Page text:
In most Arab countries, the fava bean is used for a breakfast dish called ful medames.

Fava beans are common in Latin American cuisines as well. In central Mexico, mashed fava beans are a common filling for many corn flour-based antojito snacks such as tlacoyos. In Colombia they are most often used whole in vegetable soups. Dried and salted fava beans are a popular snack in many Latin countries.

In Portugal, a fava bean (usually referred to as fava in Portuguese) is included in the bolo-rei (king cake), a Christmas cake. Traditionally, the person who gets fava has to buy the cake the following year.

In the Netherlands, they are traditionally eaten with fresh savory and some melted butter. When rubbed the velvet insides of the pods are a folk remedy against warts.

Broad beans are widely cultivated in the Kech and Panjgur districts of Balochistan Province in Pakistan, and in the eastern province of Iran. In the Balochi language, they are called bakalaink, and baghalee in Persian.

Medicinal  uses:     
Broad beans are rich in tyramine, and thus should be avoided by those taking monoamine oxidase (MAO) inhibitors.

The ground dried beans have bee used to treat mouth sores. In New Mexico, a paste made of ground beans and hot water is applied to the chest and back as a treatment for pneumonia.

Raw broad beans contain the alkaloids vicine, isouramil and convicine, which can induce hemolytic anemia in patients with the hereditary condition glucose-6-phosphate dehydrogenase deficiency (G6PD). This potentially fatal condition is called “favism” after the fava bean.

Broad beans are rich in L-dopa, a substance used medically in the treatment of Parkinson’s disease. L-dopa is also a natriuretic agent, which might help in controlling hypertension.

Areas of origin of the bean correspond to malarial areas. There are epidemiological and in vitro studies which suggest that the hemolysis resulting from favism acts as protection from malaria, because certain species of malarial protozoa such as Plasmodium falcipacrum are very sensitive to oxidative damage due to deficiency of the glucose 6-phosphate dehydrogenase enzyme, which would otherwise protect from oxidative damage via production of glutathione reductase.

The seed testas contain condensed tannins of the proanthocyanidins type  that could have an inhibitory activity on enzymes

Medicinal Uses;
The ground dried beans have bee used to treat mouth sores. In New Mexico, a paste made of ground beans and hot water is applied to the chest and back as a treatment for pneumonia.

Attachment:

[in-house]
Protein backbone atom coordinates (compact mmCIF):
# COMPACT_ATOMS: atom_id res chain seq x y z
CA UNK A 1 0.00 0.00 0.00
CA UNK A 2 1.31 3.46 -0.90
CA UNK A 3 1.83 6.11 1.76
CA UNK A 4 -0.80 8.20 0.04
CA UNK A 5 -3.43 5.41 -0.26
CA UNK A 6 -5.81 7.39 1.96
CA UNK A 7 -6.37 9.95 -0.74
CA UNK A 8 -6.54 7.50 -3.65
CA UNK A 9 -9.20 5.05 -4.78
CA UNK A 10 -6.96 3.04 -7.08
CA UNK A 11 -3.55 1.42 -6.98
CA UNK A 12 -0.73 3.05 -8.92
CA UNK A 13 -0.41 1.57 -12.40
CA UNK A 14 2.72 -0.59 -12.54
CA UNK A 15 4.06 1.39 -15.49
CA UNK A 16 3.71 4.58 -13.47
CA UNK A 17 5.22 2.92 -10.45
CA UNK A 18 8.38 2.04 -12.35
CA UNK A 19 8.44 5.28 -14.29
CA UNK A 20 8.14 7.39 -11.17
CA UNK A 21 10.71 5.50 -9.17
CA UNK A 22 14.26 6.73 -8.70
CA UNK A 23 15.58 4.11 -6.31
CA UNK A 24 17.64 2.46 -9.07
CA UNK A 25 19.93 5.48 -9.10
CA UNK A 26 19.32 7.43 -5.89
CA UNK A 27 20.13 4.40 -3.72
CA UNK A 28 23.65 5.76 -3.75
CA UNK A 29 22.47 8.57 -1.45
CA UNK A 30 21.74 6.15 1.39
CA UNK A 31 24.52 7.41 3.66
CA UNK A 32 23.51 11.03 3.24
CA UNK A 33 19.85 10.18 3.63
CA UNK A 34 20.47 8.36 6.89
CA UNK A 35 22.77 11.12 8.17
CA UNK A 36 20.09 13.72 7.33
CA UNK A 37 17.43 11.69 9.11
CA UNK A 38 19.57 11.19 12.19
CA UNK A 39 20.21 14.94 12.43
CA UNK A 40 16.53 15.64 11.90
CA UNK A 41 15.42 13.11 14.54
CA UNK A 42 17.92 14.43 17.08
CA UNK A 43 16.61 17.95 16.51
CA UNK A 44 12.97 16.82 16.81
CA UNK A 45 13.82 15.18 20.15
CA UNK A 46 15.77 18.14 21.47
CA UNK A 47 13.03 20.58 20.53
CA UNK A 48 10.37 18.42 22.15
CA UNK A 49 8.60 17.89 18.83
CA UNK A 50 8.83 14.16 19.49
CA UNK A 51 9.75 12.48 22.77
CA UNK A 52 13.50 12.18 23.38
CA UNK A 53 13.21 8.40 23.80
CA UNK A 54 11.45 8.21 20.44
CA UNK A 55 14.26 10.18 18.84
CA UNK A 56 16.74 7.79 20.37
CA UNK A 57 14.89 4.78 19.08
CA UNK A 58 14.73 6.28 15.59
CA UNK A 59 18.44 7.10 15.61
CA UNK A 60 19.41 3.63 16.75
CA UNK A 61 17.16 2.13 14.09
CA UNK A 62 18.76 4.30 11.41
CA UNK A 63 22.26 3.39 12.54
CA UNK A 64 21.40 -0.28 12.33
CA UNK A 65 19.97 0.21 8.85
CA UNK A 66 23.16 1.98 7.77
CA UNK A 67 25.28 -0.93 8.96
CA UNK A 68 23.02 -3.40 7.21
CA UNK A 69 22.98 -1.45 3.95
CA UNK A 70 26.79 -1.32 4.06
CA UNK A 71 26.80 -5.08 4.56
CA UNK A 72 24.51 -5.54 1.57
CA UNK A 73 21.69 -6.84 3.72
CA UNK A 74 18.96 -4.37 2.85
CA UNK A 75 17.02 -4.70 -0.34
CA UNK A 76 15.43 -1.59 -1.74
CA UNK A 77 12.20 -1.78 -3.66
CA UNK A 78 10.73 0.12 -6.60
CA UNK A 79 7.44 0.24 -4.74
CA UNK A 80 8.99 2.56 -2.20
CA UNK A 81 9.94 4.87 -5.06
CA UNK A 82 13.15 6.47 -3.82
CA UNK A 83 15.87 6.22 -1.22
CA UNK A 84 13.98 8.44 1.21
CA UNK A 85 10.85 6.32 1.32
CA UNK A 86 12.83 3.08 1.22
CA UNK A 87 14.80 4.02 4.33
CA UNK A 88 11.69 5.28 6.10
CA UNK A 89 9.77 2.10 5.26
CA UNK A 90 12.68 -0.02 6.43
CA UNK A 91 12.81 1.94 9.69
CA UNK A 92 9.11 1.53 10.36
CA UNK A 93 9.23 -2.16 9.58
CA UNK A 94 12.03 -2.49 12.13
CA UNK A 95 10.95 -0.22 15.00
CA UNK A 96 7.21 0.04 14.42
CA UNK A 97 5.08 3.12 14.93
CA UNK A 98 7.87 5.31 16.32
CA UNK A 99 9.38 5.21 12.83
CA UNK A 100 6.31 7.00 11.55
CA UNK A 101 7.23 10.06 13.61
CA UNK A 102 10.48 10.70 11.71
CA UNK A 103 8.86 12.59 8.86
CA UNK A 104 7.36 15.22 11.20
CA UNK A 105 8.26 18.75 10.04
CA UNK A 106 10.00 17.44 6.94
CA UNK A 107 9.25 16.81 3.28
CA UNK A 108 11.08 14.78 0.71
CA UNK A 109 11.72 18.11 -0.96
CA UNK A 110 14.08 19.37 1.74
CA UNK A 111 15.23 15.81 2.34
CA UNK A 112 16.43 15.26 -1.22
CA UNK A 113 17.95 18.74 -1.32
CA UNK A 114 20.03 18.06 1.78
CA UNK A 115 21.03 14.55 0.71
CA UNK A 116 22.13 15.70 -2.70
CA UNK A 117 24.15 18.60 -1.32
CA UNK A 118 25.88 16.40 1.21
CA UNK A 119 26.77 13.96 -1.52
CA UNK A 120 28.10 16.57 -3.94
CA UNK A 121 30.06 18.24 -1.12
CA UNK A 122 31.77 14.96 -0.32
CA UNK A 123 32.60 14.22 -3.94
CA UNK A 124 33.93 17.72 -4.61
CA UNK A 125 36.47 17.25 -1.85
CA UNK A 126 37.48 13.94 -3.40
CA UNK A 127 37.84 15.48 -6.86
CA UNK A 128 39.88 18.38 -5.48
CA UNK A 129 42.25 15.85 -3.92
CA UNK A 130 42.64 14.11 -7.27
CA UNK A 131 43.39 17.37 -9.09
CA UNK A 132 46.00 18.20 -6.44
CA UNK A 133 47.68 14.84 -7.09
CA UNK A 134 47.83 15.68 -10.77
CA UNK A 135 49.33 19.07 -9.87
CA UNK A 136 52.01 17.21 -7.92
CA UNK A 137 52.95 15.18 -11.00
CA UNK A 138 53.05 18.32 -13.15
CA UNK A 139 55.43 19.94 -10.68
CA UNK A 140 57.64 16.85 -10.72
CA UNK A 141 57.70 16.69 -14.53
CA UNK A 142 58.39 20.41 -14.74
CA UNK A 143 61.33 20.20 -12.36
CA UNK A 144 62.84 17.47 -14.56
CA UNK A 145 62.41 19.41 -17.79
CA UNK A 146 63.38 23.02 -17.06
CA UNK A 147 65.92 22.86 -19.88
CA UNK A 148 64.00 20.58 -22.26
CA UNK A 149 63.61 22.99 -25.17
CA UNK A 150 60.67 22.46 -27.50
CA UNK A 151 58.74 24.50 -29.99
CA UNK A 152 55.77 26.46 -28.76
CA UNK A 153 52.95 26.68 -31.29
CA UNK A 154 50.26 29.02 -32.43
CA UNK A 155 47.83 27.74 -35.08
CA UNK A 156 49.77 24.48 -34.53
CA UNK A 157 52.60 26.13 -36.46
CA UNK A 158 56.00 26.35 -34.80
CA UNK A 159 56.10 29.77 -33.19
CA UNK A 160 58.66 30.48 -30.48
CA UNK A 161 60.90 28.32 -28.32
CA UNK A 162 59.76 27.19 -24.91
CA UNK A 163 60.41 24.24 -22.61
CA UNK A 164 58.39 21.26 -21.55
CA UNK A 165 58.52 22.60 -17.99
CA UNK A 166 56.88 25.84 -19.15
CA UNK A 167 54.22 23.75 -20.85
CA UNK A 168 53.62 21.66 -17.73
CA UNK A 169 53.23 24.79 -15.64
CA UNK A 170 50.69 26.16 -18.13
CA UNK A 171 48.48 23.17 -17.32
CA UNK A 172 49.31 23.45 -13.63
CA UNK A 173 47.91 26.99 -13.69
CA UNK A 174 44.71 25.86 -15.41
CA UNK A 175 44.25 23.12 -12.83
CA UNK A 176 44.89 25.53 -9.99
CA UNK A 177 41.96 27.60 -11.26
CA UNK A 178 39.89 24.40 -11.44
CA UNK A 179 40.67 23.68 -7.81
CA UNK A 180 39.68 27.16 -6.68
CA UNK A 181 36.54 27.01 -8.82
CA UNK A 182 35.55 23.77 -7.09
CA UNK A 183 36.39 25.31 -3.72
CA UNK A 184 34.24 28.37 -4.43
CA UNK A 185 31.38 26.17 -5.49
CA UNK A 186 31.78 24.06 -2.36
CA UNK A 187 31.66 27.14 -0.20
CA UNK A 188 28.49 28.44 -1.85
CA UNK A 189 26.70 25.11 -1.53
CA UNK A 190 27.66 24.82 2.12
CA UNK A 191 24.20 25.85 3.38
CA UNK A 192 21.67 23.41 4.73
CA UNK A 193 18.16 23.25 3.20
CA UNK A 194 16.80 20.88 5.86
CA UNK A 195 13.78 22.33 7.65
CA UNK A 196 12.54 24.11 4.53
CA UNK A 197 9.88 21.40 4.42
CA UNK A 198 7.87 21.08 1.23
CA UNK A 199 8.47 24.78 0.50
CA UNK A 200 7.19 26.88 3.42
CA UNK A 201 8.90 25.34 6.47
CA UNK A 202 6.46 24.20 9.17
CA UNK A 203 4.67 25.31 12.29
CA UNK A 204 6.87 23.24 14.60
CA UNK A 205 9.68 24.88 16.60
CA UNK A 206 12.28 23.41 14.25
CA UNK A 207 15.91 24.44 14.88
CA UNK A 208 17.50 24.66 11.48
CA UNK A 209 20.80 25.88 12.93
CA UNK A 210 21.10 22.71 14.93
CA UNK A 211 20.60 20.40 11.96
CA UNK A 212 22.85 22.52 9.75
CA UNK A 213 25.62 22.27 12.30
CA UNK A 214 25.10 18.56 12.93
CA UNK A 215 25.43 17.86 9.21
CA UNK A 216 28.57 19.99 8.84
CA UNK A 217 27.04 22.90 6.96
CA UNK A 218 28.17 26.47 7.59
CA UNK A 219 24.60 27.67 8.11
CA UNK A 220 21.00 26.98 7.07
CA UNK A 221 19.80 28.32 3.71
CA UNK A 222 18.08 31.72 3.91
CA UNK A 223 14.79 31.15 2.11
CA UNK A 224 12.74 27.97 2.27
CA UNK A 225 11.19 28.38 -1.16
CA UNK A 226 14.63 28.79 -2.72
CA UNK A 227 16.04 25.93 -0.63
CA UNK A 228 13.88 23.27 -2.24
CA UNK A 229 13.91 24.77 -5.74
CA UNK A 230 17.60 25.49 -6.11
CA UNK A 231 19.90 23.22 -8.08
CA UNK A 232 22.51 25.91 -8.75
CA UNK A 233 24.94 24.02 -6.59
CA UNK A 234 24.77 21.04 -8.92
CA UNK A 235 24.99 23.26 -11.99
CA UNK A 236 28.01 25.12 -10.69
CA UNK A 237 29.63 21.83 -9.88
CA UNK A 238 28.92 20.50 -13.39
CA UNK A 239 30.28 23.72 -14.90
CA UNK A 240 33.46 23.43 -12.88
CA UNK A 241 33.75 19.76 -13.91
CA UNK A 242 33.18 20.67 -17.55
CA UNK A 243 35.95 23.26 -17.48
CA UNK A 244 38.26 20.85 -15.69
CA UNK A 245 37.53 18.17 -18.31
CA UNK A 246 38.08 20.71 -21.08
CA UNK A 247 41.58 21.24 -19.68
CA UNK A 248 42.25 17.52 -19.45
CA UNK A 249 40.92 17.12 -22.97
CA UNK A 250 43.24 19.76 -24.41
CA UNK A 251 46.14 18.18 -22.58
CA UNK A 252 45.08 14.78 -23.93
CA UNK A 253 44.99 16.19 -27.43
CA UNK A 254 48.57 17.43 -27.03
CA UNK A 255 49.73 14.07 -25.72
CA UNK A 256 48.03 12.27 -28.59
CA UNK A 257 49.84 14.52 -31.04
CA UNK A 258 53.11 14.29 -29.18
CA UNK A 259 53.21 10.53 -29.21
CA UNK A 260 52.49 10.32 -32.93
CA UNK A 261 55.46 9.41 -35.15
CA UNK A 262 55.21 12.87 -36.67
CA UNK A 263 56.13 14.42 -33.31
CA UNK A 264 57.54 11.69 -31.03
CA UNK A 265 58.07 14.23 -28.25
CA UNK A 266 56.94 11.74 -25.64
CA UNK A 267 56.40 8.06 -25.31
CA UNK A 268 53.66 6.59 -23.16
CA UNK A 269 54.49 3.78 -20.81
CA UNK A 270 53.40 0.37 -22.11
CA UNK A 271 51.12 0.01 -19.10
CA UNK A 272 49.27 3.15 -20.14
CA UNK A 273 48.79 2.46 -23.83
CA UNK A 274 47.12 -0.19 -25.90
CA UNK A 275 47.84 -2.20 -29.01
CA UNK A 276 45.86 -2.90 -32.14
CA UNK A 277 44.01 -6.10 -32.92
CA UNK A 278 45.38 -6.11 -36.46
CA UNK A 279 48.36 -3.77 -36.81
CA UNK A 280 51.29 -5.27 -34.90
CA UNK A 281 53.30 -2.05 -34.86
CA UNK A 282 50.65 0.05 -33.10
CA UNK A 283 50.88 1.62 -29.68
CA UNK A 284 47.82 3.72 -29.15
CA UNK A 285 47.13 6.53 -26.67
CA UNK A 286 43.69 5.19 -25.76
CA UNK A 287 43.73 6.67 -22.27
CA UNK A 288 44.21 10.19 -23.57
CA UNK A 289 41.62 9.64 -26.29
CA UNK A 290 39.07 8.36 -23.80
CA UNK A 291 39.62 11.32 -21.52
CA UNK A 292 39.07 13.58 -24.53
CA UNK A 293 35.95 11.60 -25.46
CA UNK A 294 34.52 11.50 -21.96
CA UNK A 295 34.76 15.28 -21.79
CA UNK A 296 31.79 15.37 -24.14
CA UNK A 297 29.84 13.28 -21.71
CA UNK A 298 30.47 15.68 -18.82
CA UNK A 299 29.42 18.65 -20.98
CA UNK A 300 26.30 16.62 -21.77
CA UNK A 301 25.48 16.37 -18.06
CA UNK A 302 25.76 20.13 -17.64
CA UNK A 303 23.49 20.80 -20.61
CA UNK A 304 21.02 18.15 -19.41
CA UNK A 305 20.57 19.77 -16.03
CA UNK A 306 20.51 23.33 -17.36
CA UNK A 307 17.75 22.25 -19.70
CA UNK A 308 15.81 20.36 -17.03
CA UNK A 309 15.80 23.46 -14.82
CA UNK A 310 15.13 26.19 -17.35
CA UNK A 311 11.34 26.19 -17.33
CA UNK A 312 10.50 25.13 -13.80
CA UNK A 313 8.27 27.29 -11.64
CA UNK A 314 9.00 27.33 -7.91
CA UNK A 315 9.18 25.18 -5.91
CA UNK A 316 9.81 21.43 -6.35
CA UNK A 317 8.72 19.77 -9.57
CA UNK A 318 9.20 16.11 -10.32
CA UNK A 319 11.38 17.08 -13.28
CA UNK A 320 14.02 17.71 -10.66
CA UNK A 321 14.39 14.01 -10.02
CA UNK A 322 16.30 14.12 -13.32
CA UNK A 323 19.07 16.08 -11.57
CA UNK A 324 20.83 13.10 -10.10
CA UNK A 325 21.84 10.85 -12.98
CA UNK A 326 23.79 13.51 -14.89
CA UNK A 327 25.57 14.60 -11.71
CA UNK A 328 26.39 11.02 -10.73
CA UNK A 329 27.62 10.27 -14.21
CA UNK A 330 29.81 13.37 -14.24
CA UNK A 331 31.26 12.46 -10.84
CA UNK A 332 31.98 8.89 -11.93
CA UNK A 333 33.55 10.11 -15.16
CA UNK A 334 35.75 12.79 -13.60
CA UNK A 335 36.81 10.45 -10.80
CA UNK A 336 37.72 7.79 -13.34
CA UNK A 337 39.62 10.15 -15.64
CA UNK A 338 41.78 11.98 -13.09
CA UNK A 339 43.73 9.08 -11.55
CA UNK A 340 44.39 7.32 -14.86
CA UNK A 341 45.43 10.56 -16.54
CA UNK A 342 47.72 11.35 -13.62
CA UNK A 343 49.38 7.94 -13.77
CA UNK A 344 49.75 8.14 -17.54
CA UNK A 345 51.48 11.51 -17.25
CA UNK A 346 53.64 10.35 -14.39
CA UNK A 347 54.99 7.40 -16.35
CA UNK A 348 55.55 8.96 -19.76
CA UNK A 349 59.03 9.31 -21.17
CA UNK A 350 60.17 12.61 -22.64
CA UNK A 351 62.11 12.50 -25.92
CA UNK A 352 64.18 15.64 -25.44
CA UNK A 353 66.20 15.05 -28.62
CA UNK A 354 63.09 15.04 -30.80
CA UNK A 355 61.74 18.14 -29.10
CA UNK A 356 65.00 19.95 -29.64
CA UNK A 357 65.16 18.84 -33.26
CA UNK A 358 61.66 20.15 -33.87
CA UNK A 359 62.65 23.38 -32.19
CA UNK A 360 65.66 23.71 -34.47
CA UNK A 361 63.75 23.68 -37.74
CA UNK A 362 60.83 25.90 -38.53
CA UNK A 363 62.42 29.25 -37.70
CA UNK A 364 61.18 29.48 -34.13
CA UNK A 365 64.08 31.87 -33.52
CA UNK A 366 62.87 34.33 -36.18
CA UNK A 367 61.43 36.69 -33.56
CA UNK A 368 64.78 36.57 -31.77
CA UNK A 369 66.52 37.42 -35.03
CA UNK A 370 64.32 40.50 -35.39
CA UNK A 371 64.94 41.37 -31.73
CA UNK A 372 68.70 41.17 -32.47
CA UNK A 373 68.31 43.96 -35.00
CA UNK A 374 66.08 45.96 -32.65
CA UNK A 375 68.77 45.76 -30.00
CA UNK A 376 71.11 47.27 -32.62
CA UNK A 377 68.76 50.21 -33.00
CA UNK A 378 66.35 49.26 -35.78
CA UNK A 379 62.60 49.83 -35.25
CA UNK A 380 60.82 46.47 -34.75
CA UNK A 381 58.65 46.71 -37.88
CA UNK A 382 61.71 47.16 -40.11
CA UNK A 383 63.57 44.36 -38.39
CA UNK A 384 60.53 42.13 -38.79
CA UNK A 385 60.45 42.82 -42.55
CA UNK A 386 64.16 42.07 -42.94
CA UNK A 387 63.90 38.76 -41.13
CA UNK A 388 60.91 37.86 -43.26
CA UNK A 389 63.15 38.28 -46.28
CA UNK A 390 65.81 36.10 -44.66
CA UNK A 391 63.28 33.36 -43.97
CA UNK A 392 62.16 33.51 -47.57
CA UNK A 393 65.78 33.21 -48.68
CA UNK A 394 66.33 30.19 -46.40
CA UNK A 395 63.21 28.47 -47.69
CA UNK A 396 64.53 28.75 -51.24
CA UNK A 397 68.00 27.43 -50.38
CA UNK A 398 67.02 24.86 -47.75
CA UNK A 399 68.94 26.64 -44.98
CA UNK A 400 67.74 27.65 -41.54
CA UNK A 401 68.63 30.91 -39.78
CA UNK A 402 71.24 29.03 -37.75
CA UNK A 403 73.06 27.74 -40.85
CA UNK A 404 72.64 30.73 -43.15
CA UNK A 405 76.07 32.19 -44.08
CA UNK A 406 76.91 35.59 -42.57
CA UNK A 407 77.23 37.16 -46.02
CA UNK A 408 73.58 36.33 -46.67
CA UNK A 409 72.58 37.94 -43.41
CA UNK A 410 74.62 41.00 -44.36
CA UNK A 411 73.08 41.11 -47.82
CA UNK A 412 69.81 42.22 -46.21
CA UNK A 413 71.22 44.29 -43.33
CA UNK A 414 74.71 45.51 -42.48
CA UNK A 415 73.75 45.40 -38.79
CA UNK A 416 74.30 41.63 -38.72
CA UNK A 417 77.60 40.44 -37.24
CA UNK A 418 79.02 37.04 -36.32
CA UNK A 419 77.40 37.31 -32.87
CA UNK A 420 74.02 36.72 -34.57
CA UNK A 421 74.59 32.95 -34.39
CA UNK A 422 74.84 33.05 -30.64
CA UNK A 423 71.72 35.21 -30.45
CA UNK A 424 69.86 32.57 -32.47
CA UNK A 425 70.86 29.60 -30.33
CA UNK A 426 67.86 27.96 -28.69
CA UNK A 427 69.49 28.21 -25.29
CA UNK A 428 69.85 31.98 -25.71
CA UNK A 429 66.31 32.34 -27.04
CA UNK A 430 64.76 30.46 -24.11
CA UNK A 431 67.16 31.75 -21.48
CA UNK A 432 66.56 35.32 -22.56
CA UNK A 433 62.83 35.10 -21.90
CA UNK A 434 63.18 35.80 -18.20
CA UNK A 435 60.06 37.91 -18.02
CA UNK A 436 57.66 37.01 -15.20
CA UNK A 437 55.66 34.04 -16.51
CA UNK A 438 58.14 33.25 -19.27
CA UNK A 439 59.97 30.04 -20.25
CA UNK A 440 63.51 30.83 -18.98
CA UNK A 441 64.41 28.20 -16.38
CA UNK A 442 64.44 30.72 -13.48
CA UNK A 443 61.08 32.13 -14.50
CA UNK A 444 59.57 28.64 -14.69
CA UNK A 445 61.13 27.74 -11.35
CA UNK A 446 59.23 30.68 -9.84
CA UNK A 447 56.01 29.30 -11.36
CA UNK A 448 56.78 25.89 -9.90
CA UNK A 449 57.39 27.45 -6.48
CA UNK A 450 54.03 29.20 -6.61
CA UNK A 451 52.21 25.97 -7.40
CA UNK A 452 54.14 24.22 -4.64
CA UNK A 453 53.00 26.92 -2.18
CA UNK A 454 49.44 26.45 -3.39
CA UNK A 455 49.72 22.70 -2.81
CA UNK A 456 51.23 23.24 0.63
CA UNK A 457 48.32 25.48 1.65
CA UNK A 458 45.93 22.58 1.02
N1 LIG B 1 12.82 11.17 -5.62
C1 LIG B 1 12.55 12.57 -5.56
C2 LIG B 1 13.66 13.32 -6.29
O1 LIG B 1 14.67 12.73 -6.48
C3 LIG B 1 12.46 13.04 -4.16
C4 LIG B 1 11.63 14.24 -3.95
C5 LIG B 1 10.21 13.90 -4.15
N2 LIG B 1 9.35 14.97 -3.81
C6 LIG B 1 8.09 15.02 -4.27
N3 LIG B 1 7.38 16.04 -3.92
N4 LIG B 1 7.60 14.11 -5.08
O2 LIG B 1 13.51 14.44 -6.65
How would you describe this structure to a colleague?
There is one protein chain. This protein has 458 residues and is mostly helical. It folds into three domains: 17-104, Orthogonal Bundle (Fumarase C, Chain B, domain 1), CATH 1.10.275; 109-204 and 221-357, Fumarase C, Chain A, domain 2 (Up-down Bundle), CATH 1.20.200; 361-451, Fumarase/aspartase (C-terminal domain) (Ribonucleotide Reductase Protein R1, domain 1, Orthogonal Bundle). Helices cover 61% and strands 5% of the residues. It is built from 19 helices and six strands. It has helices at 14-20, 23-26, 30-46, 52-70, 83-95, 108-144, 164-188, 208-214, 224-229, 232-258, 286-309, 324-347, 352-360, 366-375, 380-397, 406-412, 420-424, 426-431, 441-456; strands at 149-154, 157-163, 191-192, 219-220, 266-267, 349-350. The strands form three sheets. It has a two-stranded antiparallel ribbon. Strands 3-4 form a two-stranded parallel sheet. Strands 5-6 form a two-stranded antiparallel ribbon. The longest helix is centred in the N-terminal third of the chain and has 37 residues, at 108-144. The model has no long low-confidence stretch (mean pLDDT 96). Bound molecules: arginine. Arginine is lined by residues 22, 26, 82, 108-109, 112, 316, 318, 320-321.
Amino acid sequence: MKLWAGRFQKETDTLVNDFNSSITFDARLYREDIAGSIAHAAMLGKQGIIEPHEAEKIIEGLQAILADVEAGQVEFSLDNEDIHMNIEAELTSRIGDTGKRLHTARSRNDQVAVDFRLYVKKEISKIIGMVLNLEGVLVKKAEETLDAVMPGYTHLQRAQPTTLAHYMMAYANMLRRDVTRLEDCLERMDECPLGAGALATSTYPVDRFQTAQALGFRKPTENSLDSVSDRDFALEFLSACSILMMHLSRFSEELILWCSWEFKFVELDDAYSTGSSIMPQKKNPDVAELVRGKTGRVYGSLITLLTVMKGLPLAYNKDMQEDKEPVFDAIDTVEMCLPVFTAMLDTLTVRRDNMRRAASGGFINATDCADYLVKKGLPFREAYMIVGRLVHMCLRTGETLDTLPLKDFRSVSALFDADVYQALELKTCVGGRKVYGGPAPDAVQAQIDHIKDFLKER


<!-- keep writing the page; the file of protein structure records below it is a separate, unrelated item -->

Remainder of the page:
Other Uses;
*In ancient Greece and Rome, beans were used in voting; a white bean being used to cast a yes vote, and a black bean for no. Even today the word koukia  is used unofficially, referring to the votes.

*In Ubykh culture, throwing beans on the ground and interpreting the pattern in which they fall was a common method of divination (favomancy), and the word for “bean-thrower” in that language has become a generic term for seers and soothsayers in general.

*In Italy, broad beans are traditionally sown on November 2, All Souls Day. Small cakes made in the shape of broad beans (though not out of them) are known as fave dei morti or “beans of the dead”. According to tradition, Sicily once experienced a failure of all crops other than the beans; the beans kept the population from starvation, and thanks were given to Saint Joseph. Broad beans subsequently became traditional on Saint Joseph’s Day altars in many Italian communities. Some people carry a broad bean for good luck; some believe that if one carries a broad bean, one will never be without the essentials of life. In Rome, on the first of May, Roman families traditionally eat fresh fava beans with Pecorino Romano cheese during a daily excursion in the Campagna. In Northern Italy, on the contrary, fava beans are traditionally fed to animals and some people, especially the elderly, might frown on human consumption. But in Liguria, Northern Italy too, fava beans are loved like in Rome, and consumed fresh, alone or with fresh Pecorino Sardo or with local salami from Sant’Olcese. In some Central Italian regions was once popular and recently discovered again as a more fancy food the “bagiana” a soup of fresh or dried fava beans seasoned with onions and beet leaves stir fried, before being added to the soup, in olive oil and lard (or bacon or cured ham’s fat).

*In Portugal, a Christmas cake called Bolo Rei (“King cake”) is baked with a fava bean inside. Whoever eats the slice containing it, is supposed to buy next year’s cake.

*In ancient Greece and Rome, beans were used as a food for the dead, such as during the annual Lemuria festival.